For my year-end post, I’m highlighting my 10 favorite Education By The Numbers stories of the year. Thank you to everyone who has read and commented on my weekly stories about education data and research. I look forward to continuing this conversation with you in 2015. If you would like to receive an email notification when the column comes out each week, please click here and fill out the form.
1. Great English teachers improve students’ math scores (January 24, 2014)
One way to boost math achievement? One Stanford study suggests great English teachers can help.
2. Three lessons from data on children’s reading habits (December 1, 2014)
Mining the data of a popular reading software used in schools reveals a secret to turbo-charging a child’s reading ability.
3. Three lessons from the science of how to teach writing (October 27, 2014)
Put grammar books aside and write on a computer — every day.
One study finds that kids who are held back young are less likely to graduate from high school.
5. Homeless students increase by 58 percent in past six years (September 29, 2014)
Interactive data visualization map shows alarming increase in homeless students throughout the United States.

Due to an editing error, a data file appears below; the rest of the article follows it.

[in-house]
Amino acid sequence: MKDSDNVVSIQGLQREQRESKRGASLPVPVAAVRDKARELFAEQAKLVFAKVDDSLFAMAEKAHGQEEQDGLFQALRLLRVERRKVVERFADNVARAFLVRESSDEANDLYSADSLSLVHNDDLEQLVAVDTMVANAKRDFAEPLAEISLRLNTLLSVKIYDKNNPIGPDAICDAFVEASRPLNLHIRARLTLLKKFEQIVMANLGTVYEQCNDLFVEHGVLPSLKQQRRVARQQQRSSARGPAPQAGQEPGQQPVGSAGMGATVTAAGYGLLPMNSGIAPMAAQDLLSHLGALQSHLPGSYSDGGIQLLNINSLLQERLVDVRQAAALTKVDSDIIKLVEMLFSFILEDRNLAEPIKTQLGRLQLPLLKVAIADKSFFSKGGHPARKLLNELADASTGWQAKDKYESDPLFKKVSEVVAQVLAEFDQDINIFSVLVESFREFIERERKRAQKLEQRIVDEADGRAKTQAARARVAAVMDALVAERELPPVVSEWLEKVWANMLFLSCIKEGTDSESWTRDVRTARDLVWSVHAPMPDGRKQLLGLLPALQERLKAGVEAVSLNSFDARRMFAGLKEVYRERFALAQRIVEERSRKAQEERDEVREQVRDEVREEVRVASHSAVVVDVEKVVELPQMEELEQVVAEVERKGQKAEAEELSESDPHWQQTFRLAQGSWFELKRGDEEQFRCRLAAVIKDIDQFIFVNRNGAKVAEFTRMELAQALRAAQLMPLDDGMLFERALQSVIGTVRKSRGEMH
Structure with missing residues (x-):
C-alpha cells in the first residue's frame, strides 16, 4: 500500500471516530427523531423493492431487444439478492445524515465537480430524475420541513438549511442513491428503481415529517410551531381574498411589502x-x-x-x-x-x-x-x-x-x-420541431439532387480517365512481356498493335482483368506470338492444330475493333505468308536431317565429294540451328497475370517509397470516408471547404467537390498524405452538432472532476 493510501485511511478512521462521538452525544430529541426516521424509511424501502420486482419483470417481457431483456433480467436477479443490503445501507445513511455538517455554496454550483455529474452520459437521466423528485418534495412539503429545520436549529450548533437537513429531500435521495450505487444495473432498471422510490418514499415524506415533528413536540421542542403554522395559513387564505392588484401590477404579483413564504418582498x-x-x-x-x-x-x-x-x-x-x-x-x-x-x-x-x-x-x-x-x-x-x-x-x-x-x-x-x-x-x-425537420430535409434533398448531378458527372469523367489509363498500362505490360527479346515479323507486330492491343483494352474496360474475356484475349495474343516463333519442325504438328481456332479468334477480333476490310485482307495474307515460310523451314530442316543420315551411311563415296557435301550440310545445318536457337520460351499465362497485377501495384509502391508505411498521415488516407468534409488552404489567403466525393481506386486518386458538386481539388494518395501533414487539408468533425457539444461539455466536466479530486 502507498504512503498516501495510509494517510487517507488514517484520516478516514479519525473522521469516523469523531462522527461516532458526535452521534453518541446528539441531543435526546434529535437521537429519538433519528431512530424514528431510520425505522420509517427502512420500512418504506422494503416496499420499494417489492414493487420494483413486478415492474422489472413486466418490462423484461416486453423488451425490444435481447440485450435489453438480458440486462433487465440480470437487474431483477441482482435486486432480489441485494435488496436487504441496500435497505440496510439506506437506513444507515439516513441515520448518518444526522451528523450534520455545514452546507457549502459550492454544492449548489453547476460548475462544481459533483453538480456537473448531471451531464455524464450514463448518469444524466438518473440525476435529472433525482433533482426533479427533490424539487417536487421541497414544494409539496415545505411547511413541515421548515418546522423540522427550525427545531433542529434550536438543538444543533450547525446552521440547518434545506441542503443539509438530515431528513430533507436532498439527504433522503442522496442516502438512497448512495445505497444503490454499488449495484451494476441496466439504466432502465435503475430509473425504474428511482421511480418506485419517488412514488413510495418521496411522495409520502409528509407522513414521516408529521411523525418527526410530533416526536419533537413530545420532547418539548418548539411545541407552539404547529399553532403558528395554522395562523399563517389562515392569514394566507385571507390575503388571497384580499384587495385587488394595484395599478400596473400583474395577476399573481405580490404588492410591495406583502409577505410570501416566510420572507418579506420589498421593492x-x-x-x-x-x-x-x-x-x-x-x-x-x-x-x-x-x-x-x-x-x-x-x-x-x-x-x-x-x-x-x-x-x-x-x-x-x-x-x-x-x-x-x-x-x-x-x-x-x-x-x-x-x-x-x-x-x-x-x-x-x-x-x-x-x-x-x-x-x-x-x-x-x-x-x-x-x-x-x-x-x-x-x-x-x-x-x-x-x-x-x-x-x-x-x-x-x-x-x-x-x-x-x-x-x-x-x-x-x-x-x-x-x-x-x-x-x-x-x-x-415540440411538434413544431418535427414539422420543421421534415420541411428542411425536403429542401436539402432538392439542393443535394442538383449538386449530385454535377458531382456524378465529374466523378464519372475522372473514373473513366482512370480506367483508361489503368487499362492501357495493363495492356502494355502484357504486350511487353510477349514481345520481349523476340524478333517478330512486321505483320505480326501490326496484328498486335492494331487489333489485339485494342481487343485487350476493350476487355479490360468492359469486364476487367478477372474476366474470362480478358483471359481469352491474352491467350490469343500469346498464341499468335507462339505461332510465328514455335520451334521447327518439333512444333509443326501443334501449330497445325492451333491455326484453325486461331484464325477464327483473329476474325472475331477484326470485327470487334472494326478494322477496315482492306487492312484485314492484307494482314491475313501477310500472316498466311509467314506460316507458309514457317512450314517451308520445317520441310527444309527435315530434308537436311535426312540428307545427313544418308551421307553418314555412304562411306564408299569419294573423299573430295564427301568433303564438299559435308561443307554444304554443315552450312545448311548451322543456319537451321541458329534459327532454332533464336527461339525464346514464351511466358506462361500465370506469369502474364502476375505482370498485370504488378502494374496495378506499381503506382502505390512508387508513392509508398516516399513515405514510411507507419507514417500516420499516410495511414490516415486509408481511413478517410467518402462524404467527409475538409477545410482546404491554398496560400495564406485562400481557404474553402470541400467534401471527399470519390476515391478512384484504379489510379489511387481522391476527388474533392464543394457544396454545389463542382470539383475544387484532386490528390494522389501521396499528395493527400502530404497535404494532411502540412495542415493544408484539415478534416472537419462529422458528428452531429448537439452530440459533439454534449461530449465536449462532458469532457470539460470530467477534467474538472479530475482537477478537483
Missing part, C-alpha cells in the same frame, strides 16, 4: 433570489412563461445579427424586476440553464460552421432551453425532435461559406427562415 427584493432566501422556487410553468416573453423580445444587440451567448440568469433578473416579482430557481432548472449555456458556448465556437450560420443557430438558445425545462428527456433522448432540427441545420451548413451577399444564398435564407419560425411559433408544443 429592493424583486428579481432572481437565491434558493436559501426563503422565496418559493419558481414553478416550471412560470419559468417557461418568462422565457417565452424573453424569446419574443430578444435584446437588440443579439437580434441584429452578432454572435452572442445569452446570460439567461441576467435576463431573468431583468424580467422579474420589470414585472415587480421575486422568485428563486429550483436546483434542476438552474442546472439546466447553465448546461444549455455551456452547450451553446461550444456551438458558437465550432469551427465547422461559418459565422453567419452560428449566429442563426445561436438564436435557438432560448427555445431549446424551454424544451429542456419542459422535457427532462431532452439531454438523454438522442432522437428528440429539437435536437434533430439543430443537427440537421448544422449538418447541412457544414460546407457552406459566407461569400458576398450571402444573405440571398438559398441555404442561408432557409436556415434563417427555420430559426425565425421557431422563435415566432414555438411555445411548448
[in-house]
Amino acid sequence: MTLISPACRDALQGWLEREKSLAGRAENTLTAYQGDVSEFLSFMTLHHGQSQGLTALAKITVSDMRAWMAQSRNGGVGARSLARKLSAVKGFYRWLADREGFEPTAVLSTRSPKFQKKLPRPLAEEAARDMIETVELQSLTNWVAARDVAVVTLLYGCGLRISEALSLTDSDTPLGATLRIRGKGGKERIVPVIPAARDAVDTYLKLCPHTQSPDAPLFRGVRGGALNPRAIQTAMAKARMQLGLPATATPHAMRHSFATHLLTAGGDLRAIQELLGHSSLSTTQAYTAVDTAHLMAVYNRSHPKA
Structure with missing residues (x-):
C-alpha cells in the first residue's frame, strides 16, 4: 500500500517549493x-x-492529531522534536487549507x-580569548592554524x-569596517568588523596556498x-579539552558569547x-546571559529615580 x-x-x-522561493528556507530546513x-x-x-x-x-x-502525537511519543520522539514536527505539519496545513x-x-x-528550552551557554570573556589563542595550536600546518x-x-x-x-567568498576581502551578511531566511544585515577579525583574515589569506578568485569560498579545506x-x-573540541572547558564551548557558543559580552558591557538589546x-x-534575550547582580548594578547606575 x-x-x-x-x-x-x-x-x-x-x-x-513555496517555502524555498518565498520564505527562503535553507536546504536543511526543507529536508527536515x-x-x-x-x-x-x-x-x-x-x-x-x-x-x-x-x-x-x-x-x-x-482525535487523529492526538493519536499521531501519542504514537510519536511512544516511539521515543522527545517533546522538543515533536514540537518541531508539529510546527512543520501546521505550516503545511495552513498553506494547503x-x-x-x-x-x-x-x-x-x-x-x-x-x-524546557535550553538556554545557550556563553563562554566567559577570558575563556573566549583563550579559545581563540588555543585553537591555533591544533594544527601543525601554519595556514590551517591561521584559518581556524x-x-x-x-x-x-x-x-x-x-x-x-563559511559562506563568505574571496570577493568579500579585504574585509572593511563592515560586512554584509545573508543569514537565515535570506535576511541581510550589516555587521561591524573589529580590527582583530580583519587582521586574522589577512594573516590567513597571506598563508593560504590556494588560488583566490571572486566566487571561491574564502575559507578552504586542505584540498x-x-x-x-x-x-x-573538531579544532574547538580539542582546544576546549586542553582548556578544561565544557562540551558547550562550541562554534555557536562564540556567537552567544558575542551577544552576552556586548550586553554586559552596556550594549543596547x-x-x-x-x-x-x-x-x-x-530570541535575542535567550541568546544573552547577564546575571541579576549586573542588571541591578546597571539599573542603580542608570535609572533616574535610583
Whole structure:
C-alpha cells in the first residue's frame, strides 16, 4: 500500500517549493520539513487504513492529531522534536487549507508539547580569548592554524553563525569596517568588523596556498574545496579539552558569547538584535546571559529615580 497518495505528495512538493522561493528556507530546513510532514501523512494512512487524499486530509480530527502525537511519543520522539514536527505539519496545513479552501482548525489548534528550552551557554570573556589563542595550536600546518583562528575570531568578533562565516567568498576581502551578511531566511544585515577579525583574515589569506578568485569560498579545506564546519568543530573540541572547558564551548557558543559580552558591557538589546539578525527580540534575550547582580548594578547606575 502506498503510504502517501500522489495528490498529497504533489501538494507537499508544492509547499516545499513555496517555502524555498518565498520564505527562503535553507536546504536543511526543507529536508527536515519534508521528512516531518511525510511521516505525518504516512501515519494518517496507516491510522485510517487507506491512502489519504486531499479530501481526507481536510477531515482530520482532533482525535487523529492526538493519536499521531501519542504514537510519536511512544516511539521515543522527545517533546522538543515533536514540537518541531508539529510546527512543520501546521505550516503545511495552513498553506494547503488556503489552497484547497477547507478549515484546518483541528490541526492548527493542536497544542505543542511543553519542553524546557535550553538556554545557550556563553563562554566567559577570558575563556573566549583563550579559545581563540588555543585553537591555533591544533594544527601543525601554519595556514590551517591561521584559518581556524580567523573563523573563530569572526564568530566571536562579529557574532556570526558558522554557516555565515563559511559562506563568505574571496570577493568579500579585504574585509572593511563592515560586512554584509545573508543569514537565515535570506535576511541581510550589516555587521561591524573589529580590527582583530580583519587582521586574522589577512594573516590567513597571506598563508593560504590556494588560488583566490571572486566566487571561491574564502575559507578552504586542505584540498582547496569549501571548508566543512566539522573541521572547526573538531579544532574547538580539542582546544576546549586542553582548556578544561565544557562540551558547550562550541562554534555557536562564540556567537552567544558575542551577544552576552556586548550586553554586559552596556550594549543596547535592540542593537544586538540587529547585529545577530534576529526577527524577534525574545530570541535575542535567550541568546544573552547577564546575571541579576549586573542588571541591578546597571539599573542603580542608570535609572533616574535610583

6. Right and wrong methods for teaching first graders who struggle with math (July 21, 2014)
One large study suggests that traditional instruction and rote practice works best for young students who are struggling with math.
7. Education researchers don’t check for errors — dearth of replication studies (September 22, 2014)
The field of education isn’t doing what it should to confirm which teaching approaches work.
Value-added teaching models were the lynchpin behind the landmark California court decision that found that low-income minority students had worse teachers than high-income students and struck down teacher tenure rules. But one study shows no association between student test score gains and high quality teaching.
Results from national reading and math tests show that U.S. high school seniors haven’t improved in more than 20 years. By contrast, scores for fourth and eighth graders have been steadily climbing.
Our data crunching here at The Hechinger Report shows tuition hikes are disproportionately falling on low income students at Harvard, Princeton, Yale and other top universities.